A little background on what is happening with the handshaking might help. When your TV is connected directly to the Denon, it sends a signal called an EDID that contains information about the sink (the TV) and what its capabilities are. This is then taken by the Denon, the information in the EDID is changed based on the Denon options that you selected and that modified EDID is passed to the source device. The source device then takes that information and generates an audio and video signal that is compatible with the information received from the sink (and modified by the Denon).
Now when you add the splitter after the Denon, the additional complication becomes that both sinks are sending separate EDIDs to the switcher. The switcher then has to either combine or choose one EDID to forward on. There is no standard way of doing this. So, every distributinon amp (splitter) can choose their own method. Just as long as the resulting EDID is valid and should include only capabilities that both sinks have the dist amp has met the HDMI spec. If only one sink has 3D, then the EDID sent back says that the displays are not 3D compatible because both do not have 3D capability.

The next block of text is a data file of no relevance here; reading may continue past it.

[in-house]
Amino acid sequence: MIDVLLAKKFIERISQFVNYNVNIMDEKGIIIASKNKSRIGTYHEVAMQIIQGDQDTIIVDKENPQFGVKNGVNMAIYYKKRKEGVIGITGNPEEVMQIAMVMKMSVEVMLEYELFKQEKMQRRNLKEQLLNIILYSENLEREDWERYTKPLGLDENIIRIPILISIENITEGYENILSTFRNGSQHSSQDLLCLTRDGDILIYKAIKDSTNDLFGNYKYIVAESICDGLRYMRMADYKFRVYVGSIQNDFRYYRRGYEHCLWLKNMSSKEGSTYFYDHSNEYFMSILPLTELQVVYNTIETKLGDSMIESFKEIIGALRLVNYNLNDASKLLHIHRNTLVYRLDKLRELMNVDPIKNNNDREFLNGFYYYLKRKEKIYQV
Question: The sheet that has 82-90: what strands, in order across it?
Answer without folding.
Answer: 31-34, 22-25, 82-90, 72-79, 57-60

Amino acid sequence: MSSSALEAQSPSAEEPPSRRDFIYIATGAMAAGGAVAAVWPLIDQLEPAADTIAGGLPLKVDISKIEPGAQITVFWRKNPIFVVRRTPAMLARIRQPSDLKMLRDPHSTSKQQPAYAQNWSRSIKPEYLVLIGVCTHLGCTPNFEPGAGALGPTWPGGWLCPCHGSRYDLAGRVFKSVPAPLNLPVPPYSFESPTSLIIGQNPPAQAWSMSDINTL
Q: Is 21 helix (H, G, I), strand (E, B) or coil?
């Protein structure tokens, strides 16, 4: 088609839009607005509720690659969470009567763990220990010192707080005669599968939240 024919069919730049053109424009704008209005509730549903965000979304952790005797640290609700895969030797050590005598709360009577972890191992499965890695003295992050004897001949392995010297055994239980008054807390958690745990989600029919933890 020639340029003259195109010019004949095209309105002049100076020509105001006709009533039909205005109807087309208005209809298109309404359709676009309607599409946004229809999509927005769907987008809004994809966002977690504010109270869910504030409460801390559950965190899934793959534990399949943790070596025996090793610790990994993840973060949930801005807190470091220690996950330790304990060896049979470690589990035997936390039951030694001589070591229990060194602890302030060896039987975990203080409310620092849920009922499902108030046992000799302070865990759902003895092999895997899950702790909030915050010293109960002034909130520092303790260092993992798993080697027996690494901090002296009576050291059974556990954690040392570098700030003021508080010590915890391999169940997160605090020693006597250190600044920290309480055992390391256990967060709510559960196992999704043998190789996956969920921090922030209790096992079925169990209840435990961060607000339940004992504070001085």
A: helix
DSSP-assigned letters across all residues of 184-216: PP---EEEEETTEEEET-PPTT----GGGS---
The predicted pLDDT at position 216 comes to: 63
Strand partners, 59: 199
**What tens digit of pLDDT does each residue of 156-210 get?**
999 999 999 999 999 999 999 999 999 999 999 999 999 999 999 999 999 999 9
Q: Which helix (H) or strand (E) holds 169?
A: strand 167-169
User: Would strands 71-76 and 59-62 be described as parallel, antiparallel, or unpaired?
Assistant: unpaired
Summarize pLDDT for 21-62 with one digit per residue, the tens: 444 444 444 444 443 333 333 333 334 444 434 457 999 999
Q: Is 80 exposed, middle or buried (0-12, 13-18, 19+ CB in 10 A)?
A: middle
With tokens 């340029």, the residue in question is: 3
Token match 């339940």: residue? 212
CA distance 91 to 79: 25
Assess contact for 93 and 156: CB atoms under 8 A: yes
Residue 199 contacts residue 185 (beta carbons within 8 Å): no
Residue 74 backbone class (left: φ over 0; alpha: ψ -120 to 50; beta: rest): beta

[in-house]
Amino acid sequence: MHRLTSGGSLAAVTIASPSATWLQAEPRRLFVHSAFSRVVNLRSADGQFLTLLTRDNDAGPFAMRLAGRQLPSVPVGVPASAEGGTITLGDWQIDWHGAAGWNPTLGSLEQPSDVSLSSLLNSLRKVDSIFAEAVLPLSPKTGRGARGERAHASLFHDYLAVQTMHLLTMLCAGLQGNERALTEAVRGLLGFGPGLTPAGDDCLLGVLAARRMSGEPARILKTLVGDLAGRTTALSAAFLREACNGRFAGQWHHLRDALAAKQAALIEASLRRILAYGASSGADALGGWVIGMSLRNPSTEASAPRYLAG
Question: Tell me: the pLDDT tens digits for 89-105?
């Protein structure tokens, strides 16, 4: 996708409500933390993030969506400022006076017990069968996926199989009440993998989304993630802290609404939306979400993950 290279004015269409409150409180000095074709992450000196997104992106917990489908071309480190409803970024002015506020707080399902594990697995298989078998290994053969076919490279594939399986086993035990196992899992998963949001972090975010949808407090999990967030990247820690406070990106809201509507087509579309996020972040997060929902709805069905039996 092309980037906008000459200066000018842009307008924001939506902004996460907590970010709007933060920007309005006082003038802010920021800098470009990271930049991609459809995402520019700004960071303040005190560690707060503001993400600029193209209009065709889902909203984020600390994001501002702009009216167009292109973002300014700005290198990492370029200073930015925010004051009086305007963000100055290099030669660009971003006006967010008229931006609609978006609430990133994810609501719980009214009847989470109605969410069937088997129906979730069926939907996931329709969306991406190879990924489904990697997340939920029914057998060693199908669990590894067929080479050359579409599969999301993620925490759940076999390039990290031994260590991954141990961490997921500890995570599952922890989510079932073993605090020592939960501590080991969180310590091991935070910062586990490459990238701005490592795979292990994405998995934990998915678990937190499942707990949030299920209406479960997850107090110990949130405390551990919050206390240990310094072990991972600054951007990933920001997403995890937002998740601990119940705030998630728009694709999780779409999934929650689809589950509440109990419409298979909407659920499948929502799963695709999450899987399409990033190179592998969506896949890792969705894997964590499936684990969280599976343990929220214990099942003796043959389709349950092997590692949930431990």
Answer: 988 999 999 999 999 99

So, the two possibilities I see is that the splitter is having problems reconsiling the two sinks or the Denon is having a problem handling the EDID that the splitter is creating and forwarding on. I suppose the other possibility is that this is just the way that particular splitter works. You haven't said if you tried to bypass the Denon with the splitter and what happens then. That could be a good clue.
But either way I suspect if this problem is bothering you, the best method to solve it would be to try a different splitter with different firmware. While on the topic of firmware, also make sure your TVs and the Denon have the latest firmware. It's usually impossible to update a distribution amp's firmware except for some that are in the $150+ range.